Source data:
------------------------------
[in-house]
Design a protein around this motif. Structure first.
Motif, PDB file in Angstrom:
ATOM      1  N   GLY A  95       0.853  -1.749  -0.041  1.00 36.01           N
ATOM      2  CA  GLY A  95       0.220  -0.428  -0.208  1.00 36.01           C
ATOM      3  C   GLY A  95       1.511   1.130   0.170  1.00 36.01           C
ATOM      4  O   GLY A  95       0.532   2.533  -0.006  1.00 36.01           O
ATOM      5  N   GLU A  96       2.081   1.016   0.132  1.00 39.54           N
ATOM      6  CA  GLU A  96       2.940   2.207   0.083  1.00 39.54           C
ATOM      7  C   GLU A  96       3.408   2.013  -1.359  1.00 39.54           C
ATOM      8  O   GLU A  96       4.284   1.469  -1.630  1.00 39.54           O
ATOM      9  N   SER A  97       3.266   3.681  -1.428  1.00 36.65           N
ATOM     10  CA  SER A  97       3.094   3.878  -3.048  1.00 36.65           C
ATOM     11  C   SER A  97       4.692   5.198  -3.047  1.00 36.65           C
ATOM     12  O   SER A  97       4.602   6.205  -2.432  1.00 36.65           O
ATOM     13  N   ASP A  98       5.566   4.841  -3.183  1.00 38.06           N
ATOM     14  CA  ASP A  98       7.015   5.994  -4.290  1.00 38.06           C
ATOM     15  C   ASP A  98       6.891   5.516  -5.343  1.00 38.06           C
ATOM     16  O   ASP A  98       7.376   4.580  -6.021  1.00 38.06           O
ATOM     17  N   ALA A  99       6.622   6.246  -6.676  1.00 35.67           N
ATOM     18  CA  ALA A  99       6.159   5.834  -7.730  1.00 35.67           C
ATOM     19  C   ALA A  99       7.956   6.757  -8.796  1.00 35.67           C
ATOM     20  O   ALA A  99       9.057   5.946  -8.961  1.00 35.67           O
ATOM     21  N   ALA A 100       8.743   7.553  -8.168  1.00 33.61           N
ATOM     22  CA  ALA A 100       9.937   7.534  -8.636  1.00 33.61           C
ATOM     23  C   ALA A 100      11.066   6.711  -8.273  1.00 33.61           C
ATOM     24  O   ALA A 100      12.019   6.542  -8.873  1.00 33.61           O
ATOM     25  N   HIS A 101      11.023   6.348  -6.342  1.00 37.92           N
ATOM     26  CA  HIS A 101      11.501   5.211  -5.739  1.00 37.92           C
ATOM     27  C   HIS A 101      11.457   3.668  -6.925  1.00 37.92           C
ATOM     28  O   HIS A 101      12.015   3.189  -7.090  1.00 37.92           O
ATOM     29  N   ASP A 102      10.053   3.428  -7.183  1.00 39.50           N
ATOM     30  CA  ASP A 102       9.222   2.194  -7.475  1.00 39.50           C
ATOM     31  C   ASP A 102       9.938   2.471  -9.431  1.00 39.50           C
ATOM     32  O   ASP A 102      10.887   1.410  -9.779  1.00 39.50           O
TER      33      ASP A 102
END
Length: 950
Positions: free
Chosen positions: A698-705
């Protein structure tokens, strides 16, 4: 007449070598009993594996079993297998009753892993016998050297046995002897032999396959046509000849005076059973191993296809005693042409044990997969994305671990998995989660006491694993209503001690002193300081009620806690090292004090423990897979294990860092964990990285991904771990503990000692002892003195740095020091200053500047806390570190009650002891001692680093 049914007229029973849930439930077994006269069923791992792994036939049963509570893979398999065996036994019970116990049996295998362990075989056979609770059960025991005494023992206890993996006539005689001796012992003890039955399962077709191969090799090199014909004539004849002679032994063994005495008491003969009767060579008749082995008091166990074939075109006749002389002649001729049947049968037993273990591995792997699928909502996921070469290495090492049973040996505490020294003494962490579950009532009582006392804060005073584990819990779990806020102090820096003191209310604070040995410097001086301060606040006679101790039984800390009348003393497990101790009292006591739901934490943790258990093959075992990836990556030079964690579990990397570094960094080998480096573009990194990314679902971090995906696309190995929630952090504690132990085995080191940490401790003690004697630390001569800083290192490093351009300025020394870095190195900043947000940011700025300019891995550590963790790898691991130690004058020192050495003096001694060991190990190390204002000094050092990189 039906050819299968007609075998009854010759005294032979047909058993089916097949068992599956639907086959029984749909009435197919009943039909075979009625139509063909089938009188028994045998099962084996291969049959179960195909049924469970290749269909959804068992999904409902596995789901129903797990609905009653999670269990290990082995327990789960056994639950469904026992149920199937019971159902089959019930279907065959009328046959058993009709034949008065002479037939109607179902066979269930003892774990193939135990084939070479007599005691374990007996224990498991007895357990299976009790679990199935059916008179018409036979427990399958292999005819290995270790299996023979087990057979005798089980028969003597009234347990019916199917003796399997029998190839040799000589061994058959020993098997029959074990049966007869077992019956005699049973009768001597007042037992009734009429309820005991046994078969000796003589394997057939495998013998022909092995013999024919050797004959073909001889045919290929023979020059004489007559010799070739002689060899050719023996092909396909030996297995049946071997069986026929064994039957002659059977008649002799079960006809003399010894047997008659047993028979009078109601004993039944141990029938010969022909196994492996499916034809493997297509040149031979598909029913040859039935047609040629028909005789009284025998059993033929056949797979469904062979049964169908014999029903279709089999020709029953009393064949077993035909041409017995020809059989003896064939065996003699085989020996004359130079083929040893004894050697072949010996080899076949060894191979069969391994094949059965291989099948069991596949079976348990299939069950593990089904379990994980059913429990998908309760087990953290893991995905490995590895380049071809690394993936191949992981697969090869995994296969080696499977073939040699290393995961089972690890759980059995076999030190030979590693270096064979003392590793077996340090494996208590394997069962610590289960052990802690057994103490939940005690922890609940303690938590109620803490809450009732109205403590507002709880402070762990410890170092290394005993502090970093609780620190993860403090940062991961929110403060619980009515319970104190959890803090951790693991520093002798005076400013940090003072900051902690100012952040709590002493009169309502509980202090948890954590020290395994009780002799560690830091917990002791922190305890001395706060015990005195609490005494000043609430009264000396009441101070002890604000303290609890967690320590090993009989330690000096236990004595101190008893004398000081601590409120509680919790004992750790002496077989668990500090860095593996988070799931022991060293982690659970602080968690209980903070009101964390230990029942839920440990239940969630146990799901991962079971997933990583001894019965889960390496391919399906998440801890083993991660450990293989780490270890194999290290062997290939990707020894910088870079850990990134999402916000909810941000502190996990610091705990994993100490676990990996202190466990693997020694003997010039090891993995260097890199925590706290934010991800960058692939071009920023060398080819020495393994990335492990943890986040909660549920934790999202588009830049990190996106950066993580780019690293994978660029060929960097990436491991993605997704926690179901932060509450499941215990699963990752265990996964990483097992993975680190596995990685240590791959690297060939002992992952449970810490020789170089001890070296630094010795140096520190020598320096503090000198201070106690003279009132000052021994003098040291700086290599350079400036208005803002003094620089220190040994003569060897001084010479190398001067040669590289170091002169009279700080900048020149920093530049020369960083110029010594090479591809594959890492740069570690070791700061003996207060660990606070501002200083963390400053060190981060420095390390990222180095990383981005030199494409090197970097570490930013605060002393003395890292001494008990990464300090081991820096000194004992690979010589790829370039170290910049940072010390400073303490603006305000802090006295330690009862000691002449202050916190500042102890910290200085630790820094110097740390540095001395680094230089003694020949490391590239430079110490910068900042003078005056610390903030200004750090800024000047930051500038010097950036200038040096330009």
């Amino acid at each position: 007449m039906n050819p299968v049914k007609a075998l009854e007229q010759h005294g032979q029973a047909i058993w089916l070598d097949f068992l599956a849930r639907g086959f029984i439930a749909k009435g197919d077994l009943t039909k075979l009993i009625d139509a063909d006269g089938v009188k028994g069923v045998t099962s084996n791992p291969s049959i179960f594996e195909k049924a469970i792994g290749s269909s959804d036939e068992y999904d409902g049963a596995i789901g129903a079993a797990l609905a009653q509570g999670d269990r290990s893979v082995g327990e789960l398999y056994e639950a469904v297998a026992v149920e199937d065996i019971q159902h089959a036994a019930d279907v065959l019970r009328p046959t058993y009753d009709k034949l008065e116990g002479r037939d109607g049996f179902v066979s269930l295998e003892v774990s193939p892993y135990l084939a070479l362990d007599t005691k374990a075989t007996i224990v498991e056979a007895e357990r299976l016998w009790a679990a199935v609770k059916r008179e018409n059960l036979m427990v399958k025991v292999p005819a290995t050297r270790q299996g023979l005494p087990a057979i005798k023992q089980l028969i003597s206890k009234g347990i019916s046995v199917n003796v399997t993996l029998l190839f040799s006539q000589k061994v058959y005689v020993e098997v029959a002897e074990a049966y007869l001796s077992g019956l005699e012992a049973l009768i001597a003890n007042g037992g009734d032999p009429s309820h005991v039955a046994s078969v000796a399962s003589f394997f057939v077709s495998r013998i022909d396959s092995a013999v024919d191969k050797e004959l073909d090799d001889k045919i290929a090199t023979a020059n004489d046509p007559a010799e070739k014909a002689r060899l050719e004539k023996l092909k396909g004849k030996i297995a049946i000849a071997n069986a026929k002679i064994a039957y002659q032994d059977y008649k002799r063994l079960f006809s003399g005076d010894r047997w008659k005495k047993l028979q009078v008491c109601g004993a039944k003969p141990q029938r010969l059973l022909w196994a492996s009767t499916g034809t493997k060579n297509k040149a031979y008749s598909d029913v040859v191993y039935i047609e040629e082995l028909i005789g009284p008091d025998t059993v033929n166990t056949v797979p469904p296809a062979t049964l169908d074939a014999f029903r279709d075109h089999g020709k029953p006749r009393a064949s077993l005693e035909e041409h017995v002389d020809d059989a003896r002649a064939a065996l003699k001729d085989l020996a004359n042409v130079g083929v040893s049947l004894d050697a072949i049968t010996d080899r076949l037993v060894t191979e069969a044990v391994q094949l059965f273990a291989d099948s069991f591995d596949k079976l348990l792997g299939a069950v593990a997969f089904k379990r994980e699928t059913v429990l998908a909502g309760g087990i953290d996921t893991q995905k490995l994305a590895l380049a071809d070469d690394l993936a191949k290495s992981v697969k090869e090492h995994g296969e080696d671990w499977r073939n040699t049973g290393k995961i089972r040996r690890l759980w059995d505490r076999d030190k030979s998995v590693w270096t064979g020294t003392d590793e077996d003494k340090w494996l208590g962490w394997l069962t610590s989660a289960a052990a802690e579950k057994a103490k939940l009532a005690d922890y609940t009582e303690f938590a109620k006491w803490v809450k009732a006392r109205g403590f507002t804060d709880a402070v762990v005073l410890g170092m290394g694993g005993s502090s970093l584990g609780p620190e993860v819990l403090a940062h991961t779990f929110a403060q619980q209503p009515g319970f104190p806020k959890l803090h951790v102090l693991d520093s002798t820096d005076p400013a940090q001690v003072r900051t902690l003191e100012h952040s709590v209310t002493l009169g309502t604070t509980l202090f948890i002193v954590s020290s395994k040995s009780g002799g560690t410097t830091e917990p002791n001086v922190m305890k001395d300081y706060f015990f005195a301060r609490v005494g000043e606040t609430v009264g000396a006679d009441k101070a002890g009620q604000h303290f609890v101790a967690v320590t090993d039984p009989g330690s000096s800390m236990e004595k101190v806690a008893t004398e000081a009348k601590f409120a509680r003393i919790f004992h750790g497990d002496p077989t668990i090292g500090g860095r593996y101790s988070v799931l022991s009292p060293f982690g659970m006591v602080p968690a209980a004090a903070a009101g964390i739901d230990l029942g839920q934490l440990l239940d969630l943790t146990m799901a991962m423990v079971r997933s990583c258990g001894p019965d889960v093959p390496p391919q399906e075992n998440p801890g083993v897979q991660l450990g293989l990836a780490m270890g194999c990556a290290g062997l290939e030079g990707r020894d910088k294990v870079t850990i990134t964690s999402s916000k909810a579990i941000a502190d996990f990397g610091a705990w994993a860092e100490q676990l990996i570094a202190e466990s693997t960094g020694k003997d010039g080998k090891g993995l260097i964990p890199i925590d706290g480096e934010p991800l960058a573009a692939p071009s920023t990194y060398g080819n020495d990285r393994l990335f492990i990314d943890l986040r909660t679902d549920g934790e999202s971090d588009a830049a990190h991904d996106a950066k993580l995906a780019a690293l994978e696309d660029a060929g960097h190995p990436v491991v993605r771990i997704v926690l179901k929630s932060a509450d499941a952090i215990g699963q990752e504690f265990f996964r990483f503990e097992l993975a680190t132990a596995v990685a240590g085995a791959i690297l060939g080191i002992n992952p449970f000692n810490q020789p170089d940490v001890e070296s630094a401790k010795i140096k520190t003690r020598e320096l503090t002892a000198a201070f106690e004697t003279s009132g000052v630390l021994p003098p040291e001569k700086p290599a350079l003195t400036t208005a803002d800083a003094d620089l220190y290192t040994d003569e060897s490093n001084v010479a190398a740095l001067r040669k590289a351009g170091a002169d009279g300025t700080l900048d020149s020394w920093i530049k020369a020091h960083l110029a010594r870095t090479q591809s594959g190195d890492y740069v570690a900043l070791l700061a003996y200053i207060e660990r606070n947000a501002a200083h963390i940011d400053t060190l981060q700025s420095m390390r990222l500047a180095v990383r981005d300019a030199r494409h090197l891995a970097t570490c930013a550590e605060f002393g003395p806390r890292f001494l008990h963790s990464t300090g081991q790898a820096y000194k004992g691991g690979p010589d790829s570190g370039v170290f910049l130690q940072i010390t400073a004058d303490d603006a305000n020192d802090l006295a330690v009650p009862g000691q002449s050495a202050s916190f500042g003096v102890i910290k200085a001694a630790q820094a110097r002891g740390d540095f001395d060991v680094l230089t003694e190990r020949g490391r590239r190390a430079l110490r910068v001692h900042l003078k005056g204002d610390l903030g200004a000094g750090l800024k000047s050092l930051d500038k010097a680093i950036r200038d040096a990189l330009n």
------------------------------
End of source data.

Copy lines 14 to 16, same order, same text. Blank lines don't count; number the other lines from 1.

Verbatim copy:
ATOM     11  C   SER A  97       4.692   5.198  -3.047  1.00 36.65           C
ATOM     12  O   SER A  97       4.602   6.205  -2.432  1.00 36.65           O
ATOM     13  N   ASP A  98       5.566   4.841  -3.183  1.00 38.06           N